Idaho officials want to make Idaho the Silicon Valley of agricultural technology, a place where cutting edge ideas lead to good-paying off-farm jobs for the state’s young people.

It’s a good idea.

Idaho Department of Commerce Director Jeff Sayer says investment in agricultural technology has skyrocketed in recent years — $150 million in 2012, $1.8 billion in 2014.

“There’s no reason that capital can’t come to Idaho,” he said. “Idaho has unique assets and if we pull them together, they have a critical mass that would get the world’s attention.”

He makes his case by noting there’s already a lot going on in Idaho, both in the public and private sectors.

• The Idaho National Laboratory is studying ways to help the dairy industry utilize animal waste.

• Idaho’s state universities and research stations are conducting research on a host of topics, including unmanned aerial vehicles, “big data” and sensor technology.

• National dairy companies are moving global research centers to Idaho.

“We’ve got to somehow bring all of this (expertise) together under a coalesced ag tech umbrella ... so that we can put it on display for the rest of the world and be part of this wave that’s sweeping the nation,” Sayer said.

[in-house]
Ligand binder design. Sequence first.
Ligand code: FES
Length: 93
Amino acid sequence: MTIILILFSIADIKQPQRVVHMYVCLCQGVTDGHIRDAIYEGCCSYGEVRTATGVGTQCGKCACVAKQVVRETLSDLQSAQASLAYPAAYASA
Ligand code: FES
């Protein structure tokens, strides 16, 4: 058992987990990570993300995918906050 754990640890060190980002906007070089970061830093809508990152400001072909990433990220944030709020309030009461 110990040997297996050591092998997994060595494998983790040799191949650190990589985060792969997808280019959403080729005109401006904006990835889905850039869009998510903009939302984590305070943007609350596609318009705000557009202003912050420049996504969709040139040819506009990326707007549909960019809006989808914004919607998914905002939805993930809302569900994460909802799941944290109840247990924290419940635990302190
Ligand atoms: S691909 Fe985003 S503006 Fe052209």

Agriculture is big business in Idaho.

Idaho farmers produce the second-highest net farm income in the West. The state has a robust processing industry. It makes sense to build on that by developing a supportive high tech industry that can employ engineers, researchers and skilled manufacturing workers.

And not just in Idaho.

Big things are happening throughout the Northwest, and opportunities abound.

A tightening labor market increases the need for viable mechanized pickers for the fruit industry. Ongoing water shortages will be addressed by more sophisticated irrigation techniques and equipment.

Agriculture faces a number of challenges, and more advanced technology is the answer. At the same time, the region has seen traditional natural resource jobs wane.

There are rewarding careers awaiting the young people of the Northwest if the public and private sectors can help facilitate a focused effort to develop this new industry.

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